Going back to what we were talking about earlier... the possibilities now are absolutely endless for a musician, or music enthusiast, of any level to sit in front of a computer and just let the ideas flow. That again boggles my mind that we can do that. It's important not to get caught up in the technology rather than the music. That's what I really want to avoid when I'm making a video tutorial. I want to make sure that whoever is watching one of my videos gets to apply what they've learned to their music. Not simply verify that they've made the right choice in the purchase of their products. I want them to be able to see how they can learn about the technology and then let it go and let the music happen. And I think Cubase does that better than any other professional audio music application. It does a lot of great technological things with a minimum of setup and operation to actually execute.
It's so much like learning a new musical instrument. A user does have to sit down and have to learn where to put their hands on the keyboard and their mouse pointer on the screen just like they had to figure out where notes on a staff and fingers on a piano keyboard go and so forth. But with a little discipline and practice a new music student or music software user who has been using it for a long time can really start to explore the music. And that's what it's all about in the first place. I hope that when someone watches my videos they're doing so with the concept of bringing their music to fruition. If the music is locked in their head it's just as tragic to have it locked in the computer and not being able to share it with loved ones or the world at large. It should be about bringing the beauty and that expression into the world.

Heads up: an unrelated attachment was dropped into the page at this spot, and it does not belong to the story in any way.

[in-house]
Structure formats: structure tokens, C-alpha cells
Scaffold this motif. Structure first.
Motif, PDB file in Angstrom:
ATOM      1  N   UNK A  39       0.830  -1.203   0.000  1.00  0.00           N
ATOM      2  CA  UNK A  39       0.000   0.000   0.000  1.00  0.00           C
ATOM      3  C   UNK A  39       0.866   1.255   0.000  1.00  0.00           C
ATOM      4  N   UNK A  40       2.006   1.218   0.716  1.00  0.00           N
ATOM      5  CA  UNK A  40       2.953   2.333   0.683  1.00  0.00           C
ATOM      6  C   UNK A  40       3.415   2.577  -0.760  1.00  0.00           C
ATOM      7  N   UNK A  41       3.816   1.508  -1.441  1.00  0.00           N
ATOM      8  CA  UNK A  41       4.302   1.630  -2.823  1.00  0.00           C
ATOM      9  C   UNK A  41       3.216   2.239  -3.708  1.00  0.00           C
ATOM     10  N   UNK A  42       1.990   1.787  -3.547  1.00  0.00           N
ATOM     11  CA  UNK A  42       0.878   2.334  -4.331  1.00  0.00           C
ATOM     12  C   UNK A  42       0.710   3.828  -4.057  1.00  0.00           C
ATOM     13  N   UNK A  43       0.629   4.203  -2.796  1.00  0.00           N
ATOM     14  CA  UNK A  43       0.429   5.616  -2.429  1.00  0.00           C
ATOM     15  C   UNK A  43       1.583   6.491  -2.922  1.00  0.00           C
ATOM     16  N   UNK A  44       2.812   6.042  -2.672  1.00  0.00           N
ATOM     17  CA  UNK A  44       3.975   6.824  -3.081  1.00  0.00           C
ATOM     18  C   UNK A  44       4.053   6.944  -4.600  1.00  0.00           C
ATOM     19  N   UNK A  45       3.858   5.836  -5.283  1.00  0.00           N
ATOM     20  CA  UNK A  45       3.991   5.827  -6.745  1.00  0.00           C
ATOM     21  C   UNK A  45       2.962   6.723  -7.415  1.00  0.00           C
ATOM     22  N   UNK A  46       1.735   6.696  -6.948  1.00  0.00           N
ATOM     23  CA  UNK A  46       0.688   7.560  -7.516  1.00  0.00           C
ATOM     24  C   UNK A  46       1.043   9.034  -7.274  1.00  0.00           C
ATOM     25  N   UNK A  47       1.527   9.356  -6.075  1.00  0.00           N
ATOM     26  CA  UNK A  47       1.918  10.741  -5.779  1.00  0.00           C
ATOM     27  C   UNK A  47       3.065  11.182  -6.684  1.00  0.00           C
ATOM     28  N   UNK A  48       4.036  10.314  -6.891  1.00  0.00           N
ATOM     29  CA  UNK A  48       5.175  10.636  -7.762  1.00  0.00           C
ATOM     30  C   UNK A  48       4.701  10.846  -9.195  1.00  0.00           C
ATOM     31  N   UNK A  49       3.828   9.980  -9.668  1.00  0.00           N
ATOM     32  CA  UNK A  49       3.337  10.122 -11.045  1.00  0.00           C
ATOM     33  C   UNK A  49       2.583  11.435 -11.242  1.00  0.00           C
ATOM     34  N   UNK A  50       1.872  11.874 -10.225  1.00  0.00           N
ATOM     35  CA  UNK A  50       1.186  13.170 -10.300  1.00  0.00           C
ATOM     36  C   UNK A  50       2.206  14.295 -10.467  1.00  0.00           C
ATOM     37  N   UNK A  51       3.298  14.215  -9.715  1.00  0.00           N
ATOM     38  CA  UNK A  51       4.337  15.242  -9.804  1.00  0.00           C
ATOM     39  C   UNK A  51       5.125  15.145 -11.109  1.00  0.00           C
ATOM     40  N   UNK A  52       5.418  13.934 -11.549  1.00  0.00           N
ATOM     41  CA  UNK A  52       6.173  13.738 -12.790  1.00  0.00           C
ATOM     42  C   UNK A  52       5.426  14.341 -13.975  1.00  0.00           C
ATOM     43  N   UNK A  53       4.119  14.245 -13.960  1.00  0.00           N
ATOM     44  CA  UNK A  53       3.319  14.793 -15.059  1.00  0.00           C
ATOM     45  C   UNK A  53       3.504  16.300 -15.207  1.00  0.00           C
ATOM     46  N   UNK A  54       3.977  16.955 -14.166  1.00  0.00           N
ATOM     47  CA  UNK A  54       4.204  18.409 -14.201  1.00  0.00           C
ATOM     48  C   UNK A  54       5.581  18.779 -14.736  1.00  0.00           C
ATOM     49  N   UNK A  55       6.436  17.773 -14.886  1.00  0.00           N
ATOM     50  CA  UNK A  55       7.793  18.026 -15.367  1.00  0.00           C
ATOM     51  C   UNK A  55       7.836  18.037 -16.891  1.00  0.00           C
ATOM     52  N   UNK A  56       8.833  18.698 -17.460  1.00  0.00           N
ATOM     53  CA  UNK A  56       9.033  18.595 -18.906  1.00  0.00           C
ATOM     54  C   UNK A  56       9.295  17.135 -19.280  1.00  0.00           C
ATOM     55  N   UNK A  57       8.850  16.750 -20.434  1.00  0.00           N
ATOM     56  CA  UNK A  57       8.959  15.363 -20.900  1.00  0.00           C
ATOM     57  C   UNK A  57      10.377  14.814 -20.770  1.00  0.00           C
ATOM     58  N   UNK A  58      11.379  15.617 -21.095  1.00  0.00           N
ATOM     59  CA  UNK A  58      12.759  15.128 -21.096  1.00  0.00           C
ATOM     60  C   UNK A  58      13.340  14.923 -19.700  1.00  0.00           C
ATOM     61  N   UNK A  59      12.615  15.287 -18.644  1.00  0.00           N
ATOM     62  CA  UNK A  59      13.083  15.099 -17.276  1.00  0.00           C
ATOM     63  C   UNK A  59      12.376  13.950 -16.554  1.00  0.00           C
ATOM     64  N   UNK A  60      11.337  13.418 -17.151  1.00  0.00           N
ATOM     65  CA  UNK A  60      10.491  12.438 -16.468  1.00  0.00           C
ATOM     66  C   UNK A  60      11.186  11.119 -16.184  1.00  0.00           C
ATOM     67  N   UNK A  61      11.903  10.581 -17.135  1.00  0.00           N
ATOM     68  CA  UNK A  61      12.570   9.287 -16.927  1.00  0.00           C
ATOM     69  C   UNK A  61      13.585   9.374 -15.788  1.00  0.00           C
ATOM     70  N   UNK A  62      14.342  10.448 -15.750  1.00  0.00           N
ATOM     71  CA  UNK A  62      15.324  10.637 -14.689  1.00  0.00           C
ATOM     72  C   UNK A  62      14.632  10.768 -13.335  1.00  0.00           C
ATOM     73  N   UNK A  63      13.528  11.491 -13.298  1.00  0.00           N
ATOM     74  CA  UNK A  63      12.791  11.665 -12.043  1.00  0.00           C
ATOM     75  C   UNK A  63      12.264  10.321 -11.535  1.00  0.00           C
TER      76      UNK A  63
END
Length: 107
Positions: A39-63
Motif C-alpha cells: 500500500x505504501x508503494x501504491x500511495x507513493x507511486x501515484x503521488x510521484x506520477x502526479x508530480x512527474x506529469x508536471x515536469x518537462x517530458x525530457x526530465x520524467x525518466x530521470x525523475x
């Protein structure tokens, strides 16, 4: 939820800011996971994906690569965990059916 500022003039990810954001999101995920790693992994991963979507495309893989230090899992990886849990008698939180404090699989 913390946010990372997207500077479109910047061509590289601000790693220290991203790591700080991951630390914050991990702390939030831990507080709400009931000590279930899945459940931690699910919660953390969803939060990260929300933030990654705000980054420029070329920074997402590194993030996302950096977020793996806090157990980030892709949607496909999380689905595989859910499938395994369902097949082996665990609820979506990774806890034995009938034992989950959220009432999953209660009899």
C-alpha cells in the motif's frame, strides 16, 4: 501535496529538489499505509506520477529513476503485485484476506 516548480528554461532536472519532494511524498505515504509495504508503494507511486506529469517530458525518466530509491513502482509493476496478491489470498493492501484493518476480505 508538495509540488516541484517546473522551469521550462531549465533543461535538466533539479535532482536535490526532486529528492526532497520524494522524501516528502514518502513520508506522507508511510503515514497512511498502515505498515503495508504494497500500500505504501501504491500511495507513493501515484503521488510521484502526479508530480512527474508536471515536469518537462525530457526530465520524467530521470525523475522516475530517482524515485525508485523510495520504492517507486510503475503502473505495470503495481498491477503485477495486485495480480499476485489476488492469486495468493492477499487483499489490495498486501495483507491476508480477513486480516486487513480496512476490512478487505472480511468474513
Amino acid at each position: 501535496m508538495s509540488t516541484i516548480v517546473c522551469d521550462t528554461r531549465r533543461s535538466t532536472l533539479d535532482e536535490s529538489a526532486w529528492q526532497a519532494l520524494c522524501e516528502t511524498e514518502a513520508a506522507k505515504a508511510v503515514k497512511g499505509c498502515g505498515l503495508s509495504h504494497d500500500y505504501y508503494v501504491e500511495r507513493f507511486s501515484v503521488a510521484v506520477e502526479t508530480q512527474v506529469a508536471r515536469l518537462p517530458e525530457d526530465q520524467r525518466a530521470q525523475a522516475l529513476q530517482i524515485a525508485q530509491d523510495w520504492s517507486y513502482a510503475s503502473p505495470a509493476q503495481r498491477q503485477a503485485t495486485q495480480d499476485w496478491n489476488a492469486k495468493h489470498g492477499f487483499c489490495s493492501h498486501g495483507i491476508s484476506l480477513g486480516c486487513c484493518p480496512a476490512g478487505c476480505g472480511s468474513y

RS: So, what do you do when you're not making and teaching music and music production?
MLTH: (Laughs) Well, I do video production and I'm also a photographer. So I have those irons in the fire, too. The video production I do is for dance companies and I like having art in my life that isn't so much a professional part of what I do. For example, musically, I can play jazz. But, it's not my favorite type of music to perform. However, listening to jazz is a whole other thing because I never truly studied jazz, so I can listen to it without analyzing it. Whereas with pop music I do sit down and start to break it down... wondering which microphone they used on that vocal, or whether that guitar is a Telecaster! So the same is true of dance or theater. I've delved into both of those disciplines but really sucked at it! But I still really enjoy both to watch. In fact, my daughter is a belly dancer, and a very talented one, too. She and her mom are both belly dancers. So it's really great to watch them perform, so I try and keep all my favorite art forms accessible and save time to do those things.